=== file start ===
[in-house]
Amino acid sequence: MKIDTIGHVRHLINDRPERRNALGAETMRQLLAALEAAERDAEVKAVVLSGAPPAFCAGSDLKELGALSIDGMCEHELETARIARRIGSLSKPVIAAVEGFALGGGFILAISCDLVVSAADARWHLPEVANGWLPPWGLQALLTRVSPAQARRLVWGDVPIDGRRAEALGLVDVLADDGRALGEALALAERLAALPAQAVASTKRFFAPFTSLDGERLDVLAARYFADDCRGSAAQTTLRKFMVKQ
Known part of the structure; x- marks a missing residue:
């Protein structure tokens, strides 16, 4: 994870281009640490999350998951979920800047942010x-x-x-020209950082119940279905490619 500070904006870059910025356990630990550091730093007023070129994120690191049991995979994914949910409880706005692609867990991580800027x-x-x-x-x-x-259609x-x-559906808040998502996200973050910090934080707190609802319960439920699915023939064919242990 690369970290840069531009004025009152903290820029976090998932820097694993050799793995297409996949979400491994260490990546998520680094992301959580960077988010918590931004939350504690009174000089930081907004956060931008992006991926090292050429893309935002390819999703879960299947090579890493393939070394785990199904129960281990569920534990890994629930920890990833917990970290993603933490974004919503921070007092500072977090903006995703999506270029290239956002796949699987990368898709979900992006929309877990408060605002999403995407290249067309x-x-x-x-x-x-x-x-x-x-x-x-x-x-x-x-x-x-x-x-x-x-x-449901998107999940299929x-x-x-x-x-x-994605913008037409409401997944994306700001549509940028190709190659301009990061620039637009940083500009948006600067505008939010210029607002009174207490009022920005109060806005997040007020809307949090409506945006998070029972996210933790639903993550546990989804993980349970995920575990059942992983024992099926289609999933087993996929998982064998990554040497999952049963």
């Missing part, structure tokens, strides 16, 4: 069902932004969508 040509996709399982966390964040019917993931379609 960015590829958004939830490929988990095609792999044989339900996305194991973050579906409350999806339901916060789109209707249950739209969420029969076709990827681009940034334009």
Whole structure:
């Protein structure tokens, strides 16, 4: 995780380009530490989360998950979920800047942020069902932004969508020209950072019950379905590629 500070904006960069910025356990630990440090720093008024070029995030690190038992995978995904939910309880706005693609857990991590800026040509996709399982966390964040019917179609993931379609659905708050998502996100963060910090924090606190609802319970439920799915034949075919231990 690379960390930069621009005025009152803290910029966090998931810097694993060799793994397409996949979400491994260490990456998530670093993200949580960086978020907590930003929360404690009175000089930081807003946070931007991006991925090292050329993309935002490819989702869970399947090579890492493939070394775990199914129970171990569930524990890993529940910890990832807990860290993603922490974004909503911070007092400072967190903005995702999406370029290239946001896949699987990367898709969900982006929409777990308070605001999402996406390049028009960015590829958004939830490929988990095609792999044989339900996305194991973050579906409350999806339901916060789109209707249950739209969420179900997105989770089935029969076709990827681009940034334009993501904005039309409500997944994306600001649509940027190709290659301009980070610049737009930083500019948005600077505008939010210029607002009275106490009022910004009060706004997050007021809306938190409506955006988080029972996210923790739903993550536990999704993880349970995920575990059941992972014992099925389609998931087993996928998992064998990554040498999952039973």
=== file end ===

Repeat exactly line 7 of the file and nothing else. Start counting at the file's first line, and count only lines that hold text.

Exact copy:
């Protein structure tokens, strides 16, 4: 995780380009530490989360998950979920800047942020069902932004969508020209950072019950379905590629 500070904006960069910025356990630990440090720093008024070029995030690190038992995978995904939910309880706005693609857990991590800026040509996709399982966390964040019917179609993931379609659905708050998502996100963060910090924090606190609802319970439920799915034949075919231990 690379960390930069621009005025009152803290910029966090998931810097694993060799793994397409996949979400491994260490990456998530670093993200949580960086978020907590930003929360404690009175000089930081807003946070931007991006991925090292050329993309935002490819989702869970399947090579890492493939070394775990199914129970171990569930524990890993529940910890990832807990860290993603922490974004909503911070007092400072967190903005995702999406370029290239946001896949699987990367898709969900982006929409777990308070605001999402996406390049028009960015590829958004939830490929988990095609792999044989339900996305194991973050579906409350999806339901916060789109209707249950739209969420179900997105989770089935029969076709990827681009940034334009993501904005039309409500997944994306600001649509940027190709290659301009980070610049737009930083500019948005600077505008939010210029607002009275106490009022910004009060706004997050007021809306938190409506955006988080029972996210923790739903993550536990999704993880349970995920575990059941992972014992099925389609998931087993996928998992064998990554040498999952039973």